Everything you always wanted to know about VDI but were afraid to ask (no, it's not an STD)
All you need to make virtual desktops go
The Golden Image
The key to a good VDI experience lies in the care and feeding of your golden image (aka parent or master) VMs. Most people just throw a Windows VM together with minimal customisation, toss it into a pool and hope for the best. This is the exact wrong way to go about handling your VDI deployment.
The key to a good golden image lies in understanding your use case and your potential user base. This will help you move towards deciding what needs to be in your initial golden image in the first place. It is also critical for deciding between persistent and non-persistent VMs.
VMs can be set up to be dedicated, where every user always logs into the same VM which they "own" (only possible with persistent VMs). VMs can also be floating, where VDI instances are logged into on a first-come, first-served basis (when using persistent VMs) or created and destroyed on an as-needed basis (when using non-persistent VMs).
Next you start applying best practises regarding security for the OS and the applications, doing your app installs and getting an initial feel for your environment. Use as few vCPUs as possible while still maintaining a good user experience. Use paravirtualised hardware drivers as much as possible. Remove unnecessary virtual components (such as parallel and serial ports) and make sure you install the hypervisor's integration tools. Make sure you install an anti-malware application that is supported by technologies like vShield so as to reduce I/O loading.
Consider where your users will have their personalisation stored (user virtualisation), as this will have a huge impact on how the above choices will impact the end user experience. Are you going to rely on Roaming Profiles, Folder Redirection, and Group Policy, or are you going to seek out third party tools? If Citrix is to your taste, they've been buying up companies for years now and have a user virtualization technology to meet any need. VMware Horizon View Persona Management is another option, and operates differently again from the above.
Among the third parties are companies like AppSense; their user virtualization is designed to ensure users always receive a consistent, personalized desktop, whether they're logging onto a physical Windows system or a VDI instance. Think Roaming Profiles on steroids.
This contrasts to the Unidesk approach. Unidesk is designed to allow you to provide everyone with persistent desktops without having to manage eleventy squillion individual VMs or deal with the storage footprint that would occupy. MokaFive has something similar and there are countless others offering many ways to make your user virtualisation dreams come true.
Once you've gotten something that you're mostly happy with – and you've documented exactly how you installed and configured everything – delete it and rebuild it from the documentation. It should work exactly like the one you just deleted. If not, your documentation is flawed and you need to rinse and repeat until you know everything there is to know about the configuration of that VM.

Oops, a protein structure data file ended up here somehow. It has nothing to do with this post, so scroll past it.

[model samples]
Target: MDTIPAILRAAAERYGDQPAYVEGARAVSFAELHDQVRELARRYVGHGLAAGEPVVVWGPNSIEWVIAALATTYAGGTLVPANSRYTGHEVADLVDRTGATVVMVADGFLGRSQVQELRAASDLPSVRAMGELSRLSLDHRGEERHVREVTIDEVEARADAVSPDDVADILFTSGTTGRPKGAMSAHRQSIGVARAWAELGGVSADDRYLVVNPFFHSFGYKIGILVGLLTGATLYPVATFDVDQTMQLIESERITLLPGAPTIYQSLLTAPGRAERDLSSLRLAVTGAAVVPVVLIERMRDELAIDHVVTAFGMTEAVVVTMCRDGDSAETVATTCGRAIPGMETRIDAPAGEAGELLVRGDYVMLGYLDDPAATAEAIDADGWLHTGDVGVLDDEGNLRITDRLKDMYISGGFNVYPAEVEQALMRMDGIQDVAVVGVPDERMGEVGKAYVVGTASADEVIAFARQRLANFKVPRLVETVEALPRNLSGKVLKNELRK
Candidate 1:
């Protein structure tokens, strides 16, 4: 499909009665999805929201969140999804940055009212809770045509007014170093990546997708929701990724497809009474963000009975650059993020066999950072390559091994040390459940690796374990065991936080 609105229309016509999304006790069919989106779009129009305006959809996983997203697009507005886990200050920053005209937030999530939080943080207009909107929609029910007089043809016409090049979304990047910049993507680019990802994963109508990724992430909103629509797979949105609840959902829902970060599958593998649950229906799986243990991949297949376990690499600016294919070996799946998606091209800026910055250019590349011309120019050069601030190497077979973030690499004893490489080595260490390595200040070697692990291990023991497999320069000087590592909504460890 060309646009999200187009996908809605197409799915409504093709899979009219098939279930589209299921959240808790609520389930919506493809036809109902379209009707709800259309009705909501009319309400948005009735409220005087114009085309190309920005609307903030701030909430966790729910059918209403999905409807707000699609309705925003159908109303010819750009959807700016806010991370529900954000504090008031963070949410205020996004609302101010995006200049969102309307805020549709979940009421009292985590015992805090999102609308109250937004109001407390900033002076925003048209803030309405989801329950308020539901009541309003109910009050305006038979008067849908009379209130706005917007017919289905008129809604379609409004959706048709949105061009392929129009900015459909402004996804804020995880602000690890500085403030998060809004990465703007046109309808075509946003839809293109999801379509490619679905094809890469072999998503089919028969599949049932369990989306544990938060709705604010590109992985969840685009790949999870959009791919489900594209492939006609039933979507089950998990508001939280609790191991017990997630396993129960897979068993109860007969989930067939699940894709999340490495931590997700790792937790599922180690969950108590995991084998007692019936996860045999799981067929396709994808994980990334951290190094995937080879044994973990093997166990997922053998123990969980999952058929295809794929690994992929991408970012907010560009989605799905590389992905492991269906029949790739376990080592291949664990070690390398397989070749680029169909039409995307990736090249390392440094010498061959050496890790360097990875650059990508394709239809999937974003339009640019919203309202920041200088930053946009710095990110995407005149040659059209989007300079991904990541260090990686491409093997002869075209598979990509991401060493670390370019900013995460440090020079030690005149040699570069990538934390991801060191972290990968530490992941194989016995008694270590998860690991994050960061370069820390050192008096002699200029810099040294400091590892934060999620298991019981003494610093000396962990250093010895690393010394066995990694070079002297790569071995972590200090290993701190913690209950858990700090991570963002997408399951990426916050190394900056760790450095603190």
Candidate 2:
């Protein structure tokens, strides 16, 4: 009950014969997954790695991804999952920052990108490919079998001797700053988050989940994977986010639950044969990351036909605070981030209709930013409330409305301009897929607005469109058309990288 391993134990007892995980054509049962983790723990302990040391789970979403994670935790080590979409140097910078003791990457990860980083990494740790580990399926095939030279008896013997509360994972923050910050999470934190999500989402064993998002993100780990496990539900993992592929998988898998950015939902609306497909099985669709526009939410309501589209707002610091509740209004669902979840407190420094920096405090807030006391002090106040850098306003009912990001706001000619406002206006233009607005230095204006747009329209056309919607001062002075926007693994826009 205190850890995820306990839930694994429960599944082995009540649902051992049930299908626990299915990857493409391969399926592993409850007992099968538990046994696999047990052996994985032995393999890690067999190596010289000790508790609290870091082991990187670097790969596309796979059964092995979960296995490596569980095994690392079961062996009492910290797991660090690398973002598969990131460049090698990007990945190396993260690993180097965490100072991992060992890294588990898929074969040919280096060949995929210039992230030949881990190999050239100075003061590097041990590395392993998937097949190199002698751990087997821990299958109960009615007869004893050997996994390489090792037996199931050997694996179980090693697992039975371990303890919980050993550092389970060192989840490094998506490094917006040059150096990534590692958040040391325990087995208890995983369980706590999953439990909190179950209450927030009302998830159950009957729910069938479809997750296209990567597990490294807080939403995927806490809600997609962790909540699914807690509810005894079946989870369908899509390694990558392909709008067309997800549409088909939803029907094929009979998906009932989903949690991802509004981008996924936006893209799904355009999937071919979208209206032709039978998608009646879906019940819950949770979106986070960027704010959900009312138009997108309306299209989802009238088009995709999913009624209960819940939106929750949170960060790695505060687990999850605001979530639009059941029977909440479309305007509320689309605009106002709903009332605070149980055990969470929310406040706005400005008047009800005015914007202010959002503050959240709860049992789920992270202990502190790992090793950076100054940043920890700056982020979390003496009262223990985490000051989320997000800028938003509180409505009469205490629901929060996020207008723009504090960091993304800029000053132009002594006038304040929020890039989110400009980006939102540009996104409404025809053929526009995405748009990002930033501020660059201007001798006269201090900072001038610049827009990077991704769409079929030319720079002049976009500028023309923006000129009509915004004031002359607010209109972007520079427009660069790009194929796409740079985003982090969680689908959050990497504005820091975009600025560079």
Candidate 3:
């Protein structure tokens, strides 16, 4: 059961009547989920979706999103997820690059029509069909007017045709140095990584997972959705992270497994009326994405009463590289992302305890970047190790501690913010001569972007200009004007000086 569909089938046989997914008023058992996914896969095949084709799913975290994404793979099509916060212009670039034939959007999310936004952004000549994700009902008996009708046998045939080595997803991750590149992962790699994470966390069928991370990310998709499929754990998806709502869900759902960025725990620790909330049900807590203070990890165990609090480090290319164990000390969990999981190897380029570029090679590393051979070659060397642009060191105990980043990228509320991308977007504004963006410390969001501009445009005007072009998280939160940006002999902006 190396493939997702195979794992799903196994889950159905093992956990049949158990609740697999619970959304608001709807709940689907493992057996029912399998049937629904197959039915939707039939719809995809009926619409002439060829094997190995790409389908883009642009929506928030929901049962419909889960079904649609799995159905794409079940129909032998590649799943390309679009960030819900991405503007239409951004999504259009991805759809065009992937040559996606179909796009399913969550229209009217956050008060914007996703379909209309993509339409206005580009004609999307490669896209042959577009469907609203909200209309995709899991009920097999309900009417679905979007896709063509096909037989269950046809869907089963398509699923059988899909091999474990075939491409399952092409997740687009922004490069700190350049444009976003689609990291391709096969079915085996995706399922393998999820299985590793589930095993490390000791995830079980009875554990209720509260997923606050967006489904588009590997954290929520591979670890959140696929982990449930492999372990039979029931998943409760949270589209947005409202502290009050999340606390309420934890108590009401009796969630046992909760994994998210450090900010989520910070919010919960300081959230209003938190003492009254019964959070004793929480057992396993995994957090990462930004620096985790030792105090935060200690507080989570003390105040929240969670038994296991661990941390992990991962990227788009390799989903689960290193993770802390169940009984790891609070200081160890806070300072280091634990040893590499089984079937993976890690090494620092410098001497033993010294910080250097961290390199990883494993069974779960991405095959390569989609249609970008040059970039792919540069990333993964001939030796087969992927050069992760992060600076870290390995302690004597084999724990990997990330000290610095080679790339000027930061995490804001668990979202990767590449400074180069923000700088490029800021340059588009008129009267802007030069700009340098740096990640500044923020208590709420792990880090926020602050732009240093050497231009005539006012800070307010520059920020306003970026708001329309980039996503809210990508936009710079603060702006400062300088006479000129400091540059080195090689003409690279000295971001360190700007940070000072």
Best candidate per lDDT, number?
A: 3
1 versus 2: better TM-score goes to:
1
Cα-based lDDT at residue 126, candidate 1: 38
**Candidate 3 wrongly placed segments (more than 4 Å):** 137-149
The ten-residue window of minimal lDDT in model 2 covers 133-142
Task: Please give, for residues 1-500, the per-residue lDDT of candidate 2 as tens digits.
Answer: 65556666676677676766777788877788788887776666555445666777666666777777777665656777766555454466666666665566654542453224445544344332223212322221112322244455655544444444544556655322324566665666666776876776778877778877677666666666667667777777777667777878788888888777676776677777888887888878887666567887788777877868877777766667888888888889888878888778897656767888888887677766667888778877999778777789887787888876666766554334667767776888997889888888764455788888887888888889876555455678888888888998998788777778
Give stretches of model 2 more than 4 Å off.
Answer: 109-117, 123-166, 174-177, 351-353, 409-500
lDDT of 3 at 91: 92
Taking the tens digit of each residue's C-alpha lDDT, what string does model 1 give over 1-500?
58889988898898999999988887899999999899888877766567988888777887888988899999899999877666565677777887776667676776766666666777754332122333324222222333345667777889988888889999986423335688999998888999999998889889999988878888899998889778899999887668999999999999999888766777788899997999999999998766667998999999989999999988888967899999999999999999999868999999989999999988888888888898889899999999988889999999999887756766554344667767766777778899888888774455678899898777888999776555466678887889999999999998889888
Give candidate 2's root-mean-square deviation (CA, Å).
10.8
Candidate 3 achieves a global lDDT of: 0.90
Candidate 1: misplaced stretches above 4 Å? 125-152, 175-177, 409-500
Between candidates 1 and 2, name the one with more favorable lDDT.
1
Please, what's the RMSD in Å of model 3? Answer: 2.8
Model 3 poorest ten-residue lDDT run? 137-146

Once you've made your choices and have a well-documented golden image, it's time to start cloning. Start from one golden image and modify as many as you need to suit your different user groups.
Synthetic benchmark interpretation
As you can see from the above, a synthetic benchmark to model and test your design is only going to get you so far. The best of the best – LoginVSI – has decent approximations for most workload types, but even it is not a panacea for your VDI planning ills. You need to understand what your users will do. You need to tweak the benchmark workloads to appropriately model them.
Above all, you need to pay very close attention to which elements of your benchmarks are giving you what scores. What is the bit you need to change in order to achieve the best experience for your workload? Is it a new GPU, or do you need to tweak your storage? Are you running out your CPU, or have you managed to hit the wall on your memory bandwidth? If you are planning a mixed workload environment, you may need to run more than one tool simultaneously.
VDI isn't something you can reduce to a simple "cost per instance" equation. Even small VDI deployments will inevitably have more than one class of VM, each with their own cost. Additionally, the smaller the deployment the more that floor costs matter; you need to buy a minimum of equipment and licences to even play the game, making the $/VM of 1 VDI instance quite high, but $/VM of 1000 much lower.
Workload modelling can factor in to how much are you prepared to spend per host, and that jiggles the numbers on floor costs as well as $/VM. Some host-based caching solutions will ask $10,000 or more per host for the software and the SSD combined. Can you afford that? Does it provide enough of a boost to justify the cost? Would spending $1500 per host make more sense, even if the acceleration were slightly lower?
VDI is the ultimate in workload consolidation, and it requires the most intensive modeling and simulation efforts of any systems design excepting High Performance Computing (HPC). Just like the people building HPC supers, if you are going to do VDI you need to know how each element of a system interacts.
Good luck. ®